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John lays his demons to rest in beautiful, brutal memoirs



Date Published: {J}

For better or worse we all have parents,” observes writer John Burnside, whose memoir about his childhood, A Lie About My Father, seems to indicate that, in his case, it was for worse.

That might seem like a severe conclusion, but John’s childhood was blighted by his father’s black humours, his bitterness, his drinking and his violence towards his family. A Lie About My Father, the first in a series of three memoirs, is John’s attempt to lay his father’s ghost to rest and to find some human quality in the man he feared and, ultimately, despised.

It is a gripping read, with fantastic detail and imagery, no surprise perhaps, given that John is one of Scotland’s finest poets. His poetry collections have won him a slew of awards, including the Faber Memorial Prize and the Whitbread Poetry Award and he has also been shortlisted for the Forward Award and The T S Eliot Prize on two occasions.

One of the participants in this year’s Cúirt Festival of Literature , John is also an accomplished short story writer and novelist, so, it’s no wonder that he’s taking part in a couple of Cúirt events. One is a poetry reading with Irish poet Gerard Smyth and the other is a discussion on memoir, in which the other participants include Rupert Thomson and Mary Gaitskill.

Although he has received huge acclaim for A Lie About My Father and subsequent volume, Waking Up In Toytown, John joined the league of memoir writers by accident.

“My wife was expecting our first child when I embarked on the project. I didn’t become a father until I was 45 because I always thought I’d be like my own father.”

And as he prepared to become a parent, he found himself mulling over his own childhood, trying to make sense of his troubled relationship with his father.

“It was building up,” he explains.Once he wrote the first book, he realised he had to carry on.

“It’s grungy stuff, a bit seedy in places. People say things to me like ‘I love your book, why did you write it?’!”

John didn’t set out to write a ‘misery memoir’ but in both the first and second books, he’s in “a mess, all the way through, more or less”.

That’s no exaggeration. His father was a harsh, unfulfilled man, who did not know who he was – literally. He had been dumped on the doorstep of a house in West Fife as a baby in 1926 and as a child was passed on from family to family, never knowing a proper home. It was an inauspicious beginning and the adult he became was not a happy one. He was the stereotypical Scottish hard man, highly regarded among his drinking buddies, but with a dark edge and a bitter quality. Even on the rare occasions when he tried to do something decent, he usually botched it up.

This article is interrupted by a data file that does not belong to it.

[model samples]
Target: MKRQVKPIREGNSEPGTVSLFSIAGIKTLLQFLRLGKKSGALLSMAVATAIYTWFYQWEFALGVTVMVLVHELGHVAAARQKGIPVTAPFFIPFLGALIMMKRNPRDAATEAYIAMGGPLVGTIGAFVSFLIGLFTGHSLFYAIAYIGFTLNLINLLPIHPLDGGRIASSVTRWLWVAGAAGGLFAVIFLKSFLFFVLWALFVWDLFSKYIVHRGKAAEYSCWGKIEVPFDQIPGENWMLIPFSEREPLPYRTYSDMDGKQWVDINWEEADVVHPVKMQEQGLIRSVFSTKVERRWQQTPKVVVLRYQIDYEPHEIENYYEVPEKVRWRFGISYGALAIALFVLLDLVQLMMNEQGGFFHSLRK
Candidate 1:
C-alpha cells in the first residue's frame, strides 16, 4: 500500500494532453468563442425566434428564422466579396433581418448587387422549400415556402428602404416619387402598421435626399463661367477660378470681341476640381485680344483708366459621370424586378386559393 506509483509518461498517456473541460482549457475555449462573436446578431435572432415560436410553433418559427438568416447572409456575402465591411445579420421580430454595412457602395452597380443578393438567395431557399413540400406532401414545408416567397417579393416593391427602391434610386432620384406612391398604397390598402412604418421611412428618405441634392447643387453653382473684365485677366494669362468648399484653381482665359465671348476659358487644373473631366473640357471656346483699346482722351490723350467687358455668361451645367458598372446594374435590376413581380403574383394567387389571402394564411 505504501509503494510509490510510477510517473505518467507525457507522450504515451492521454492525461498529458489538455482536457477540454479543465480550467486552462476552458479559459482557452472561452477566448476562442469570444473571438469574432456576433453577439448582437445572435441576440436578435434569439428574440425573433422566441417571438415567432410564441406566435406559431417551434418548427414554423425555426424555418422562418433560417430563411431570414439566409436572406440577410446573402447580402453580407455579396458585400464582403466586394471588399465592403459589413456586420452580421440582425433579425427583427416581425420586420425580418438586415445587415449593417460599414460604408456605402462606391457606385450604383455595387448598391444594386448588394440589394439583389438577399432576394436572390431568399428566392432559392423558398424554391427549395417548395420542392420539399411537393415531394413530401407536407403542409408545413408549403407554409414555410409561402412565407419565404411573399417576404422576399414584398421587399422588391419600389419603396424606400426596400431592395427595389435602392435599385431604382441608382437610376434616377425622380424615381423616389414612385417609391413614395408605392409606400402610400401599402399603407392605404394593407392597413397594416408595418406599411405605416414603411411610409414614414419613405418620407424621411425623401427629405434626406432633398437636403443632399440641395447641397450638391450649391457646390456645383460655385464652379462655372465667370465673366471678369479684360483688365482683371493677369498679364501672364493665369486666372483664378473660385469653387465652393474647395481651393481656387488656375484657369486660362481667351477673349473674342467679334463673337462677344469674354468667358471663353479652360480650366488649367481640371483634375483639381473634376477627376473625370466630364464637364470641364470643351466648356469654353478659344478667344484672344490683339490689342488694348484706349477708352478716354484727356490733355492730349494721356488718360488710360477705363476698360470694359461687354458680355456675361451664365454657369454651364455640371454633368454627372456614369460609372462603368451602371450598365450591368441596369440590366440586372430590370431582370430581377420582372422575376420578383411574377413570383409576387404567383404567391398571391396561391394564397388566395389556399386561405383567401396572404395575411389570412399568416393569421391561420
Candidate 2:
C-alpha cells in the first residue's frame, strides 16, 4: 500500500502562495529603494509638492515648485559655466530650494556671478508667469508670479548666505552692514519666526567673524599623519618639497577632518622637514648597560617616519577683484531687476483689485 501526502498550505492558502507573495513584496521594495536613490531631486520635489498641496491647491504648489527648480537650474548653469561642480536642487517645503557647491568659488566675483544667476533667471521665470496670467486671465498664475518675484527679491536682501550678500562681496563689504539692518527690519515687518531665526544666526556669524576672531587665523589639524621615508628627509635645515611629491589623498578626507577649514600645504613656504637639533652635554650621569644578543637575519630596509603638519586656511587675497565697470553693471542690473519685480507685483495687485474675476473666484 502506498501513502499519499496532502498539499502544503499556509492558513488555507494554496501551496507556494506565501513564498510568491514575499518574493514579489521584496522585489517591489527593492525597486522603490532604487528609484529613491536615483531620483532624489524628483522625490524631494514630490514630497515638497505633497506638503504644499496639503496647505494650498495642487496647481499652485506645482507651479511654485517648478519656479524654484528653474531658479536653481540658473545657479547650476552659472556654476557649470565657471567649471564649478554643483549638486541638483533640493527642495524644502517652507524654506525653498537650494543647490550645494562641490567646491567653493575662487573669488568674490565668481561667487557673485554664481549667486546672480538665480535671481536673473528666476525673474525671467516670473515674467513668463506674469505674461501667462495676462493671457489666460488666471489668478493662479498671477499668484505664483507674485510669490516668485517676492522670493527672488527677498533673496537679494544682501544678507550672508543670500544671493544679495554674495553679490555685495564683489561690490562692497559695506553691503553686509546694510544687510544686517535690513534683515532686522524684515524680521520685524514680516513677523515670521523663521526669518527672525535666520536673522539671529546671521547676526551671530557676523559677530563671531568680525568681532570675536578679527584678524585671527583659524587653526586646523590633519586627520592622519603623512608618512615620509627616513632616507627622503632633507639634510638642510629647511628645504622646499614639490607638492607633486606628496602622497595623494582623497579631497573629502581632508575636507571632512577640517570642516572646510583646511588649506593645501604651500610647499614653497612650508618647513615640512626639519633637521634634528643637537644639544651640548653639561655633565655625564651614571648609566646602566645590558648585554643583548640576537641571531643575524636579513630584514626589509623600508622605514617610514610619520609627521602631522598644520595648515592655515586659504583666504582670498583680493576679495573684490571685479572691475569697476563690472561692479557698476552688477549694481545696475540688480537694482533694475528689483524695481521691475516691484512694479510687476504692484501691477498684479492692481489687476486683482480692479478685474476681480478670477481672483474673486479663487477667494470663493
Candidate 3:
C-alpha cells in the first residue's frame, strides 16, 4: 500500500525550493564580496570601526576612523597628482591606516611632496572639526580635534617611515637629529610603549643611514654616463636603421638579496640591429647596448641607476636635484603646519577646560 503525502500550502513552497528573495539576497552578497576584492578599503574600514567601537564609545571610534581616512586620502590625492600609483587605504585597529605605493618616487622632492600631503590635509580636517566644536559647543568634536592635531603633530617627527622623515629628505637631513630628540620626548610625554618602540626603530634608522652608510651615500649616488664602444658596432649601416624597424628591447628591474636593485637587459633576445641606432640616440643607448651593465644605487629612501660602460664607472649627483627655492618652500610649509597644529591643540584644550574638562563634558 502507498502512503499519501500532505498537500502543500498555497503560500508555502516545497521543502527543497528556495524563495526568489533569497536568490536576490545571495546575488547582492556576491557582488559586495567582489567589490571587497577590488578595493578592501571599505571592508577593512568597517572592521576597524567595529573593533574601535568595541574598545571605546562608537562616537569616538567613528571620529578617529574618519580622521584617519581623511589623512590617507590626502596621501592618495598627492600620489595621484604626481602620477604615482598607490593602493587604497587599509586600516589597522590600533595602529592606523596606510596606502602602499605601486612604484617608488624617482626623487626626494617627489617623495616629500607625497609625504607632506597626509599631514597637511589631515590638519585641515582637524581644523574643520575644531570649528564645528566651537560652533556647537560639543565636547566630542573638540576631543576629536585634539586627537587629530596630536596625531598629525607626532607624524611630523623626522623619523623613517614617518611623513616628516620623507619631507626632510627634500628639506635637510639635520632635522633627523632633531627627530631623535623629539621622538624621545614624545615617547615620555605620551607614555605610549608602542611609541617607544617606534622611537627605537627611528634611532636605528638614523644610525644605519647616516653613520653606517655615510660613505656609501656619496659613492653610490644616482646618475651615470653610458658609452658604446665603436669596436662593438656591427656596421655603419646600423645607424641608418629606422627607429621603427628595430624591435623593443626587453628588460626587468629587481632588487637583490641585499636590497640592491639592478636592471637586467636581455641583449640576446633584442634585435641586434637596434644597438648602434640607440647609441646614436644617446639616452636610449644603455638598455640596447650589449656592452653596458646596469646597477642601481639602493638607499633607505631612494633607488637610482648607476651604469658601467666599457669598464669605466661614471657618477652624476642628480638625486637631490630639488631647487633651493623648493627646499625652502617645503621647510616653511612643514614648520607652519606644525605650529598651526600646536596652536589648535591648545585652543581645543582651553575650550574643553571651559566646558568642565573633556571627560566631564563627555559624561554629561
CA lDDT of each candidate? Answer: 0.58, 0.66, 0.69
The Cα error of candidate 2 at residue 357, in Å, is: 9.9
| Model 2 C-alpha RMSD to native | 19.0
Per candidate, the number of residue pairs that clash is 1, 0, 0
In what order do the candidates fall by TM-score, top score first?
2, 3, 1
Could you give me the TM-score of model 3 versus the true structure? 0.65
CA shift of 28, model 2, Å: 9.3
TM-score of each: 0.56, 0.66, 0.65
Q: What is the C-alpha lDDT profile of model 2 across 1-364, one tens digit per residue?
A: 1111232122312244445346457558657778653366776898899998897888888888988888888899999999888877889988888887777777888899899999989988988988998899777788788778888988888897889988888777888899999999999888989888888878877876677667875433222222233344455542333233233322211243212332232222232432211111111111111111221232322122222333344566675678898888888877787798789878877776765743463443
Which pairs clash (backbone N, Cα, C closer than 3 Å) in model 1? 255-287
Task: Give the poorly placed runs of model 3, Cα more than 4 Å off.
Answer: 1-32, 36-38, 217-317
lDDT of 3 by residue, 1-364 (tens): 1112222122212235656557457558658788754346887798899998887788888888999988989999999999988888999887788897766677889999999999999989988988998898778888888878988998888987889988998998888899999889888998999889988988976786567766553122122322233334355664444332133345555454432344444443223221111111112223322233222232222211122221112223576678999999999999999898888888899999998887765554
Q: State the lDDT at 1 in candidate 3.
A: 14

John’s mother tried to care, but, after a life of hardship she eventually stopped, dying prematurely of cancer. His sister Margaret continued to look after her father while rearing her own family, but John went on another trajectory entirely. His descriptions of drinking and drug taking make you wonder how he survived that period. He describes himself as being on a quest to disappear and he almost did.

From a young age he seemed to be on a path to self-destruction that reflected the one taken by his father.

For more, read this week’s Galway City Tribune.

Galway in Days Gone By

The way we were – Protecting archives of our past



A photo of Galway city centre from the county council's archives

People’s living conditions less than 100 years ago were frightening. We have come a long way. We talk about water charges today, but back then the local District Councils were erecting pumps for local communities and the lovely town of Mountbellew, according to Council minutes, had open sewers,” says Galway County Council archivist Patria McWalter.

Patria believes we “need to take pride in our history, and we should take the same pride in our historical records as we do in our built heritage”. When you see the wealth of material in her care, this belief makes sense.

She is in charge of caring for the rich collection of administrative records owned by Galway County Council and says “these records are as much part of our history as the Rock of Cashel is. They document our lives and our ancestors’ lives. And nobody can plan for the future unless you learn from the past, what worked and what didn’t”.